Admit it, if you had the opportunity to go back in time to smack your younger self in the face you would. It would be a dream come true, just to be able to look directly into the eyes of the little fifth grade version of yourself and then take a huge front hand swing right to the side of the face. I’m getting excited just thinking about it. The younger versions of ourselves were stupid and we did embarrassing things. By going back in time and leaving a big red mark on your own child like face, you would be doing your younger self a favor. The point is that we have all done things in are past that we are not proud of. What we now have to realize is that the opportunity to change what has already happened is not coming. What is done is done. We must grow from our mistakes, learn from the consequences of our actions, and mature into stronger individuals over time. The author, Joe Mackall, does an exceptional job expressing this in his short narration, “Words of My Youth.” Not only does he emphasize that children often make bad choices without having a reason for them, or an understanding of the consequences of those actions, but the fact that ignorance is never an excuse for any disheartening choice. Like Mackall, I constantly think about the choices I have made and wonder how much I have learned from my actions.
I would go to school every day, just like every other first grade child. I would participate in sports, pick on girls and say they had ‘cooties,’ as well as dream about what it would be like to be an adult. It was a simple time when all that really mattered was whether or not you could write your own name or not. But one boy in my class worried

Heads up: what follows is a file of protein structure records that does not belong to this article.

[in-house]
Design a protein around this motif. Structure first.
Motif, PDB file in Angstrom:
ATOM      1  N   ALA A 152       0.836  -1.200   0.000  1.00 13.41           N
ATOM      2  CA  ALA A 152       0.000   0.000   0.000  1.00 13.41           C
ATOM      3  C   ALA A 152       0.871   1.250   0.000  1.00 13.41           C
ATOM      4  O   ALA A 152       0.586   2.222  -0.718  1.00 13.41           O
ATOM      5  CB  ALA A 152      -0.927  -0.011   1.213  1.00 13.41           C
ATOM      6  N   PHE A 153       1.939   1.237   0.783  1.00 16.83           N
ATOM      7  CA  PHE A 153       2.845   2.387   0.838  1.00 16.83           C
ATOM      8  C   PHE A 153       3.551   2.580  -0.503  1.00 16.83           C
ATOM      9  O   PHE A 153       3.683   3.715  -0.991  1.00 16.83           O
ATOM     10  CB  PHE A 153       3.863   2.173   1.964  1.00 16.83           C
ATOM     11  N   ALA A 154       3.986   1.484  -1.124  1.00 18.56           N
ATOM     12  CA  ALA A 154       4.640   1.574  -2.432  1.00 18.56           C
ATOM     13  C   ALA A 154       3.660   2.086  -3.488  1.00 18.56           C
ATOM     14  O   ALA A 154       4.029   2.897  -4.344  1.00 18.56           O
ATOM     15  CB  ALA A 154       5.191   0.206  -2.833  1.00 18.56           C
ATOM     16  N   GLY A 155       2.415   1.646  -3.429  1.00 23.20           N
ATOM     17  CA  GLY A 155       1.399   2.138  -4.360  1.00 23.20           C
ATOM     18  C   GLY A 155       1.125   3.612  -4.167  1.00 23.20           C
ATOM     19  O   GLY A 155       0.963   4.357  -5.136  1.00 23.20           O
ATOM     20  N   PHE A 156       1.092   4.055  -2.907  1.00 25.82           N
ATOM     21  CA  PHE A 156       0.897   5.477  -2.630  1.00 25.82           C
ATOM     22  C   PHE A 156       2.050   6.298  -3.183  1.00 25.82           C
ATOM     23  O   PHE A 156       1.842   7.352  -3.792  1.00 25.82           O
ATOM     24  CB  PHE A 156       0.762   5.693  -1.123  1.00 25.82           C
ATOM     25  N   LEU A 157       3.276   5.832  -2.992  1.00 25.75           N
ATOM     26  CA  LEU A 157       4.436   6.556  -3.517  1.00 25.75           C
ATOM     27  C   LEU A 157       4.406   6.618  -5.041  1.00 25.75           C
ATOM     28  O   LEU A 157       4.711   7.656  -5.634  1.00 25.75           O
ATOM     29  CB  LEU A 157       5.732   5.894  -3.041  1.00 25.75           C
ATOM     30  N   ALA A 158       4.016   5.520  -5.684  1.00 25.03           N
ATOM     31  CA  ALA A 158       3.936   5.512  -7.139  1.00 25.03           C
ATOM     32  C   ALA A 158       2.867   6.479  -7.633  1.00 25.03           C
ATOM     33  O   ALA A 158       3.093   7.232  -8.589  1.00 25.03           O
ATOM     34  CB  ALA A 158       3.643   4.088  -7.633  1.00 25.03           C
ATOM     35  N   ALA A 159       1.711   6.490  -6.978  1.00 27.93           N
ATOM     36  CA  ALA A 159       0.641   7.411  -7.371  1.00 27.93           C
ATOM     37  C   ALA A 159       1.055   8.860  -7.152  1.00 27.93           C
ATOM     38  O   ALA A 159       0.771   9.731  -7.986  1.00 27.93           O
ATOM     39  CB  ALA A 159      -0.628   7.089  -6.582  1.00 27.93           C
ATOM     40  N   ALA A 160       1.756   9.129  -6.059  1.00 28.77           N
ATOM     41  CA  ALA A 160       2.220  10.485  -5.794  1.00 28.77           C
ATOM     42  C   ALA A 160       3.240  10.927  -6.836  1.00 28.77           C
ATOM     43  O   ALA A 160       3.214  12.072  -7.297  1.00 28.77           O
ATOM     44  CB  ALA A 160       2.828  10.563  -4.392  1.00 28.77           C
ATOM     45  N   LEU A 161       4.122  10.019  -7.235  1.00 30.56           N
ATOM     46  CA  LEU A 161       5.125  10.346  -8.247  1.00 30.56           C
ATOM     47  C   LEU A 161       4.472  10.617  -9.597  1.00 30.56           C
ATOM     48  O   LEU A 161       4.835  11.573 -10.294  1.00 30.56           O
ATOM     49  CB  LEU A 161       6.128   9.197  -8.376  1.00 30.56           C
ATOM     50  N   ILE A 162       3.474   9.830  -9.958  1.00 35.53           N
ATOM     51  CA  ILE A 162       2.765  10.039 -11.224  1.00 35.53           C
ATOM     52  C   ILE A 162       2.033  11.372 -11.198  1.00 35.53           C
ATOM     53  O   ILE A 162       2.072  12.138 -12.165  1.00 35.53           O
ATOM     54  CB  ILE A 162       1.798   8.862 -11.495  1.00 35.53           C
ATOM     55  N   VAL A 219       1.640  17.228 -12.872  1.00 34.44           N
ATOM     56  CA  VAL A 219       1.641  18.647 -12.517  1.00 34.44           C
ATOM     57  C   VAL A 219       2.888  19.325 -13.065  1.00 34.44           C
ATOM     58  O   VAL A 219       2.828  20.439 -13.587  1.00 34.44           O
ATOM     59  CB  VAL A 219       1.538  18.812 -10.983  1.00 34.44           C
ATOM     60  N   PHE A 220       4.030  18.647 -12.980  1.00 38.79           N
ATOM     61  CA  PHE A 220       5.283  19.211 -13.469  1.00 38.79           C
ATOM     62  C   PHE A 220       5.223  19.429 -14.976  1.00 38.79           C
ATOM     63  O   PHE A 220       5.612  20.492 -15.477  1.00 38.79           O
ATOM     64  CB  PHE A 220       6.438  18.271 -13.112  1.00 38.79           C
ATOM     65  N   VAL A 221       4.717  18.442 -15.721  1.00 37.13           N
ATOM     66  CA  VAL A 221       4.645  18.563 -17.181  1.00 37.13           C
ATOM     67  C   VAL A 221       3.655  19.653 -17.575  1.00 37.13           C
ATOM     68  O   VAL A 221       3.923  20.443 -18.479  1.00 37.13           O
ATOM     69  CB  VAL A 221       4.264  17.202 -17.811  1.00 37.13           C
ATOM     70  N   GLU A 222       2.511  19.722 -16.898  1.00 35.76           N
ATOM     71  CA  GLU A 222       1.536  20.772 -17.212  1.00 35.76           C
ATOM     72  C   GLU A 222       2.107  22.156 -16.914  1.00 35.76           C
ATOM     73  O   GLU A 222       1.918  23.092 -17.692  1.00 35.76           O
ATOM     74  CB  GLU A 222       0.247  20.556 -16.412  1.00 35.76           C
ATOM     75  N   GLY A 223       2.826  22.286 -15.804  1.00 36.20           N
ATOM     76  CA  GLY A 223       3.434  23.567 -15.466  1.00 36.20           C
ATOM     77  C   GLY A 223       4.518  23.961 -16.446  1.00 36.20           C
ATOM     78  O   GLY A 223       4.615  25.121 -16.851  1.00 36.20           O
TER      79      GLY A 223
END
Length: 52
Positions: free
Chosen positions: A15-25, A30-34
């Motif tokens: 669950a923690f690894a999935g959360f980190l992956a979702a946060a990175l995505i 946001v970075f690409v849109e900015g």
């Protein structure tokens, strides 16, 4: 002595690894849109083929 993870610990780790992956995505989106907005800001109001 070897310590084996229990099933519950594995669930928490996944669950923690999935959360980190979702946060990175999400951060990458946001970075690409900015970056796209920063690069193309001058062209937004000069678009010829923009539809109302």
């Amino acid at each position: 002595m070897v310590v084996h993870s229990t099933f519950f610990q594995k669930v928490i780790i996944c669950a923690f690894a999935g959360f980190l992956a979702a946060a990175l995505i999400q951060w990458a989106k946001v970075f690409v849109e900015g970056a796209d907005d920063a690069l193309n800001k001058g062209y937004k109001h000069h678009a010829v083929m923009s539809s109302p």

about more than just being able to write his name. He worried about me. As...
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My parents never learned of my actions. They never had to look at a stranger and learn that their son was capable of tormenting a young boy at school or ruining the one thing another person was passionate about. They didn’t have the experience that Mackall’s mother had. They didn’t have to look at their child in absolute disgust and hear the words coming out their mouth. But that’s okay; I’ve done it for them. I’ve looked at myself in disgust. I’ve seen what I am capable of and have learned to change for the better from them. I have to change for the better. Because no matter how much I, or Mackall, or anyone on this planet wants to go back in time and smack their younger self in the face, they can’t. They have to deal with the person they once were and become the person they want to be. I have become the person I want to be. Does anyone else want to join me?
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